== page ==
'Men start noticing their skin changing from the age of 30. When they start to age, it is dramatic,' says Arnaud
Champenois, brand manager for Biotherm Singapore. The company launched Force Supreme Rebuilder, a
serum in a nifty roll-on applicator which targets sagging skin, eye bags and double chins, in April.
'That is when they want to solve the problem and they want something efficient that shows results fast,' he
says, explaining why anti-ageing products are quickly becoming an essential weapon in a guy's grooming
Reporting on the men’s grooming market in Singapore, market data firm Euromonitor International observed
that local men have started to dabble in cosmetics, mainly skincare products, with many of them showing an
interest in anti-ageing ones. “With men becoming more self-conscious regarding their appearance, many took
up skin care products to improve their complexion. It was no longer considered unmanly to use skin care
products, as men became more image-conscious. In addition, an increasing number of male consumers use
concealer to hide their blemishes and other flaws, feeling it important to present their best to others.”
According to figures from the Singapore Association of Perfumes and Cosmetics Distributors, the men's
skincare market grew by 12.6 per cent from 2008 to 2009, compared to an 8.1per cent growth in the women's
market over the same period. With the guys' skincare market taking up only 4 per cent of the total beauty
market, there is plenty of room for skincare companies to muscle in for a bigger share.
Adapted for academic purposes from http://www.divaasia.com/article/9575
Many hot-blooded males are leaving their inner John Wayne at the door and dabbing their trigger-fingers in
foundation pots instead. According to a quick interview with 12 cosmetics brands in Singapore, the demand for
male facial products is on the rise and they are offering more products as a result.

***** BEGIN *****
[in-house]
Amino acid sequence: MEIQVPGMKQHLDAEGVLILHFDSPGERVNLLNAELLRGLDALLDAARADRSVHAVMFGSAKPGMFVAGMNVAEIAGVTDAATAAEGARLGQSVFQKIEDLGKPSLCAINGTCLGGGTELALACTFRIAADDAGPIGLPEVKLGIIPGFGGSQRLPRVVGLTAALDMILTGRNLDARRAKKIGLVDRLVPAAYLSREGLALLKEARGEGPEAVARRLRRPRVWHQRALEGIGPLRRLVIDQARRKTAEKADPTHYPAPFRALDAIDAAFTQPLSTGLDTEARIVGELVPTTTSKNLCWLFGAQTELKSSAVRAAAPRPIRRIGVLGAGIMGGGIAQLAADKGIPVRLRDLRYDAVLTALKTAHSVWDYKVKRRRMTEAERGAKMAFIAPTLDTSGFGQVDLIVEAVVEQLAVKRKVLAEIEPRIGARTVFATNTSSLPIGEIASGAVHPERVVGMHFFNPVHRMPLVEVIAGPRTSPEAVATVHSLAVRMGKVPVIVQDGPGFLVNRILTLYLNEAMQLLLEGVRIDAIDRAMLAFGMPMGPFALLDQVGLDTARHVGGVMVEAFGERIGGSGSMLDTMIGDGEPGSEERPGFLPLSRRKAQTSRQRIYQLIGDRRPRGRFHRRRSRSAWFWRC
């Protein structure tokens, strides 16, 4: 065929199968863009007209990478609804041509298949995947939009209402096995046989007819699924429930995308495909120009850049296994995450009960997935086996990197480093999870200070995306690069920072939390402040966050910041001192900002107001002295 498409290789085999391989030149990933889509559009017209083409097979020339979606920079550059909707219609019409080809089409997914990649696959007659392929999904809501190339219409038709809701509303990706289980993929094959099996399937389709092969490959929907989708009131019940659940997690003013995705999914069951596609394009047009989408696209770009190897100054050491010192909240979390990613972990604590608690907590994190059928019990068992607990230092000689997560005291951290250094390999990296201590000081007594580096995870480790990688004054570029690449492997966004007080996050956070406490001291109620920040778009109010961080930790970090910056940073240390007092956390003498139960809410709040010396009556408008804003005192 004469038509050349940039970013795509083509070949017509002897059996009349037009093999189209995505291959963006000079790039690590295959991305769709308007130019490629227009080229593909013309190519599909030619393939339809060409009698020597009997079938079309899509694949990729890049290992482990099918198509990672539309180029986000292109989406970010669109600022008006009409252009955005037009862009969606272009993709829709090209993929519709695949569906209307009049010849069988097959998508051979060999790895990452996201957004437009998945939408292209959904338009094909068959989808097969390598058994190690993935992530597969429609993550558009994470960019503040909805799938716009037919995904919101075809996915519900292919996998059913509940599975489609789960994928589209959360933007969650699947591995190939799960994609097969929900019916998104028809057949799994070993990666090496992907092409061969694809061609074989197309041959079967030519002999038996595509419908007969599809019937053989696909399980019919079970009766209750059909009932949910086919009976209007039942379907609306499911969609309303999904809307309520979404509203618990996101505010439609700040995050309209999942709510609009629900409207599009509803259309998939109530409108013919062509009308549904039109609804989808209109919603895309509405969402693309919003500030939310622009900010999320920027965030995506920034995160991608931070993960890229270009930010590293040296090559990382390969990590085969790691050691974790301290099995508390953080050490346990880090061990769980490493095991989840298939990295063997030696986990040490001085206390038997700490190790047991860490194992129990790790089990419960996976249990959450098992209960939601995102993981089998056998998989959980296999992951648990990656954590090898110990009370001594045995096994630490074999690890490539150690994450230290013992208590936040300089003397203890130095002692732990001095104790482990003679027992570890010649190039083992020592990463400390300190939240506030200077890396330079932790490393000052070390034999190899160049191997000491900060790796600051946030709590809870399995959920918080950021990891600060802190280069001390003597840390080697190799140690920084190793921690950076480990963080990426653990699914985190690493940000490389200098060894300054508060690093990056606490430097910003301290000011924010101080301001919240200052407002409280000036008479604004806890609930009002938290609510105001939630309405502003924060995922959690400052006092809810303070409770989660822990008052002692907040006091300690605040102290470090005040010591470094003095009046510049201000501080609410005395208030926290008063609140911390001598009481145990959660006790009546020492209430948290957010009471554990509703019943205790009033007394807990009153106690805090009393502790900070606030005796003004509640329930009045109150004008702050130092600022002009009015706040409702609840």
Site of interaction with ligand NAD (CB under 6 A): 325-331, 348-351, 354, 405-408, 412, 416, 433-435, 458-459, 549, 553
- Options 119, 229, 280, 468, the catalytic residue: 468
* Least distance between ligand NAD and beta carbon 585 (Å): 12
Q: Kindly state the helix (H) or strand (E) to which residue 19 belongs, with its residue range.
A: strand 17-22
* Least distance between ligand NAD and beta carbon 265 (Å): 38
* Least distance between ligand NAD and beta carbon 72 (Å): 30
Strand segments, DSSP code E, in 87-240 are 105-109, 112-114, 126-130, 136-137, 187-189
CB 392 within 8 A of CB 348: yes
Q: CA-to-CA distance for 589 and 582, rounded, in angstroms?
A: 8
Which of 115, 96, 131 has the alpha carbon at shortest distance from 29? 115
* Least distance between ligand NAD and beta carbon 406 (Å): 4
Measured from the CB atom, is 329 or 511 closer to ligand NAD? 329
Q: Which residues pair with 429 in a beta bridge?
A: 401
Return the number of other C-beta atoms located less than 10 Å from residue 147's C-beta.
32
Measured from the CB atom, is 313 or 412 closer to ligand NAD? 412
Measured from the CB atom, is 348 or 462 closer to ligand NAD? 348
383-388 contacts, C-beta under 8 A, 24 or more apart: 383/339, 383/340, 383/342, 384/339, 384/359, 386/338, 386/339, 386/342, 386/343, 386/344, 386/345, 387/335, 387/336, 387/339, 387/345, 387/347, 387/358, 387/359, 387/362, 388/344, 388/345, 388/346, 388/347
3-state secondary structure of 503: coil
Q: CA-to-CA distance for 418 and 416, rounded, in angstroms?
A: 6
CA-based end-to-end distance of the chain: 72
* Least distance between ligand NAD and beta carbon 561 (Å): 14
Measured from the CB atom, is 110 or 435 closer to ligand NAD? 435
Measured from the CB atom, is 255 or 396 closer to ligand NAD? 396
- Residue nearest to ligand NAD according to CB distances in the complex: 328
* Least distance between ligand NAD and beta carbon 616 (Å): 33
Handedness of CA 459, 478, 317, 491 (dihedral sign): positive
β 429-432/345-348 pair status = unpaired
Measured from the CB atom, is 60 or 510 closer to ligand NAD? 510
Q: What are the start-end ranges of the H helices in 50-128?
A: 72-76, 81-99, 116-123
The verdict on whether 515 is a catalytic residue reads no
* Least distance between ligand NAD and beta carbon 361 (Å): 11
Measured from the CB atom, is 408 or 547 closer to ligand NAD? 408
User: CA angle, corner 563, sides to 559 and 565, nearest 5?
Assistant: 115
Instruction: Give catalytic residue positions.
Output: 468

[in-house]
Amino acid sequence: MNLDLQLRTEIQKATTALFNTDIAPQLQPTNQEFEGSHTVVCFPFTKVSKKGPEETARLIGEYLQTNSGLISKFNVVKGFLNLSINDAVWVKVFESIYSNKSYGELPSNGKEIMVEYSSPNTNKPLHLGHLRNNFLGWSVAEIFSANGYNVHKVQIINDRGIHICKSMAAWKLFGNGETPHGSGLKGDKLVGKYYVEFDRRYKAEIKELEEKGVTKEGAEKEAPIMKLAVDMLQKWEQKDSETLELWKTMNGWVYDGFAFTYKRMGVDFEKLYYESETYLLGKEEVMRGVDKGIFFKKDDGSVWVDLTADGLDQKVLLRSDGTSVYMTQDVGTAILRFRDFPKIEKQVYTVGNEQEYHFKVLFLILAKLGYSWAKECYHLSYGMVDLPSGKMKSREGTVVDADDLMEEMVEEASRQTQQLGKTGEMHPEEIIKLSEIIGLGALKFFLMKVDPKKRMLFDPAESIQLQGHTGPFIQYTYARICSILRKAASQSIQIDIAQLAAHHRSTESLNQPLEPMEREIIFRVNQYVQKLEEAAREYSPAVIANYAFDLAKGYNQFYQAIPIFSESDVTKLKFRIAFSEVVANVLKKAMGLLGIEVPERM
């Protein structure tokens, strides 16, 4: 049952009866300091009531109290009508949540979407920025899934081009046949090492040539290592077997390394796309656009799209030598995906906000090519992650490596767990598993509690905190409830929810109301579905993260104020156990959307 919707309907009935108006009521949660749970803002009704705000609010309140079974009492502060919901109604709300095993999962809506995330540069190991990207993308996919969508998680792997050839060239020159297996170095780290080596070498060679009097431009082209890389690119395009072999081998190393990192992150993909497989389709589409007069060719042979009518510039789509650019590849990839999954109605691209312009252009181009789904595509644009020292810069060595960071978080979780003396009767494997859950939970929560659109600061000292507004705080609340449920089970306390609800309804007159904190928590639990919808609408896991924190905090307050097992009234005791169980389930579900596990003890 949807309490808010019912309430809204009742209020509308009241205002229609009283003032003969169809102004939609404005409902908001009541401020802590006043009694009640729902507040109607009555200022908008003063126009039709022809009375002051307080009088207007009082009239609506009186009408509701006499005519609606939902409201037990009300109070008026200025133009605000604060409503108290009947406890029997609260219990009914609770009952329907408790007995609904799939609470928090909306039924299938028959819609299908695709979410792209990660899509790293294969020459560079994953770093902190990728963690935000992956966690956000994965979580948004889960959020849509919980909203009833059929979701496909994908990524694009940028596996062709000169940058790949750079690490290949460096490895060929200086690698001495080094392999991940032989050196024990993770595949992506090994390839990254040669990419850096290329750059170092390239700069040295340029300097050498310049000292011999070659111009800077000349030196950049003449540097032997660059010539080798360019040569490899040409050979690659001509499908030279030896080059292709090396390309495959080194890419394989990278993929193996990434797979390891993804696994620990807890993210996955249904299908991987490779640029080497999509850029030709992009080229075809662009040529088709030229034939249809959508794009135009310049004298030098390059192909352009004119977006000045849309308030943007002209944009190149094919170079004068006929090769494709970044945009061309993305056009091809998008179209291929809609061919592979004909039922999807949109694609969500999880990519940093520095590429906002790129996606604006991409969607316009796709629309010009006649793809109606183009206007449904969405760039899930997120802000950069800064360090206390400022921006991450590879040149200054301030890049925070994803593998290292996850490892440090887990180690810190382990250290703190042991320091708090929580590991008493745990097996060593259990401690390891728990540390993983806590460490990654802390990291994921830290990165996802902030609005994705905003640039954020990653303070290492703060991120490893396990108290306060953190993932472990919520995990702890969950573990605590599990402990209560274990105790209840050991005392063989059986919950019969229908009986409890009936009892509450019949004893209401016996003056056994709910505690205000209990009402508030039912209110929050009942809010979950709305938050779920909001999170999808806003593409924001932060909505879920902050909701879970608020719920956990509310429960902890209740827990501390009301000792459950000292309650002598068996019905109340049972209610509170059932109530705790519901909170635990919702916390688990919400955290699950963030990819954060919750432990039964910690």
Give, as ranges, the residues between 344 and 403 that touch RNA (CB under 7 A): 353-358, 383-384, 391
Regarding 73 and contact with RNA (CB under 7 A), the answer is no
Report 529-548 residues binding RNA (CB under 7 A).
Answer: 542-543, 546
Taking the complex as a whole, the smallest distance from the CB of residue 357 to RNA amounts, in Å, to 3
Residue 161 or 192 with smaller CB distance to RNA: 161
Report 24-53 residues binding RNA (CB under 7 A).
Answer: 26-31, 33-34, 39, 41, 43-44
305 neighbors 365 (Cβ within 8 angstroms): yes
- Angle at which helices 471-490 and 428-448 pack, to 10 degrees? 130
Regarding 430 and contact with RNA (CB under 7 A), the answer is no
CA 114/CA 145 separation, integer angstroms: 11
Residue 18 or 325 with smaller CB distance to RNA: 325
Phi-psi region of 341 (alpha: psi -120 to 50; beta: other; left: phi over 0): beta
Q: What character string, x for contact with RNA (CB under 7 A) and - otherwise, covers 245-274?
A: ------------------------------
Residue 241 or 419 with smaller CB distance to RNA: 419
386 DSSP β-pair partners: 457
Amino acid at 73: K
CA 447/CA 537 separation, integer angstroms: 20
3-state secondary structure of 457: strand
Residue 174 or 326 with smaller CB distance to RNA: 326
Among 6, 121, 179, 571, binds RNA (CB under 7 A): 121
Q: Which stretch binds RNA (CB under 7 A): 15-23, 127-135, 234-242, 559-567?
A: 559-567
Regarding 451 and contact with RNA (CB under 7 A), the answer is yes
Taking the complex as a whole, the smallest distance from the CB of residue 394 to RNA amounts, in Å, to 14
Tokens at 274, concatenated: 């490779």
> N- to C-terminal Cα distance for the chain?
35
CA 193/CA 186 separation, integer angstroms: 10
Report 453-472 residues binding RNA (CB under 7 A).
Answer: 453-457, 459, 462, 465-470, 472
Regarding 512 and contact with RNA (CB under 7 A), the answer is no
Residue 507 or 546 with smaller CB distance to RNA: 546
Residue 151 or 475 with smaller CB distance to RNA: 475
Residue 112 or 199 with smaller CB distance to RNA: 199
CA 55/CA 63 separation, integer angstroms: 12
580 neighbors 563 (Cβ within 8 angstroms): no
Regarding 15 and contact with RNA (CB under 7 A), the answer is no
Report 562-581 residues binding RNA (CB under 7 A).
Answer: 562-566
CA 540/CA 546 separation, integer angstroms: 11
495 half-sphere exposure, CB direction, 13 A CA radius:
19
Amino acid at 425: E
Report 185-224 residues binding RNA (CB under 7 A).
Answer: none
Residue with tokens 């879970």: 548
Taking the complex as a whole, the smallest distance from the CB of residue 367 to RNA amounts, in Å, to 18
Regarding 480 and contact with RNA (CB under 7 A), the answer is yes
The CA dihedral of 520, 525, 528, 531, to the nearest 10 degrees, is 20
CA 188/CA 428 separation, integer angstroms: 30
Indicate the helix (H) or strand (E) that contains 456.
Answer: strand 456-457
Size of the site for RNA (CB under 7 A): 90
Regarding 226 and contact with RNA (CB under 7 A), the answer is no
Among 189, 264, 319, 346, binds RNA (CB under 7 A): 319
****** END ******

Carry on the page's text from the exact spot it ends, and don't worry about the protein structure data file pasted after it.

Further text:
Sales staff at cosmetics brand M.A.C, for example, says that the number of male customers they see in a
typical week has jumped from about 10 last year to 20 this year. According to ACNielsen, men spend £65
million each year on skincare products and £278m on hair grooming. Men aged between 20 and 40 spend an
average of £111 a year on beauty products, which is only £27 less than women from the same age group. Still,
guys prefer to draw the line somewhere when it comes to splashing out on that cosmetic stuff - at least for now.
Cosmetics companies say that men prefer their make-up discreetly packaged and with butch names.
For example, Jean Paul Gaultier's Brow and Lash Groomer is a mascara stick that is ingeniously designed to
look like a regular writing pen. And Canada-based 4VOO's vaguely labelled Confidence Corrector is a product
more commonly known to women as concealer. Even the term make-up has been given a makeover. The he-
man prefers titles such as 'men's aesthetic enhancement', according to industry experts. Biotherm Homme's
Power Bronze line of concealer and tinted gel, for instance, is touted as 'instant skin enhancement' instead of
plain old make-up.
Adapted for academic purposes from The Straits Times dated 4 September 2009.
4VOO (http://www.4voo.com/), a Canadian company, intends to establish its presence in Singapore after
conducting a research to assess the market growth potential.
(a) Provide a background write-up on the company, including a description of its current target market
base on demographic, psychographic and behavioral. You may need to gather information from sources
such as websites, news articles and other publications.
(b) Analyze and explain the suitability of the brand name 4VOO being used in Singapore in terms of
memorability, meaningfulness and likeability.
(c) The brand is relatively unknown in Singapore therefore it is imperative for the company to build its
brand through holistic marketing programs. Discuss how the company can make use of the three themes
of personalization, integration and internalization to achieve its brand-building objective.
Do use and quote the concepts and frameworks from textbook
Marketing Management: An Asian Perspective 5th Edition published in 2009 by Philip Kotler, Kevin
Lane Keller, Swee Hoon Ang, Siew Meng Leong and Chin Tiong Tan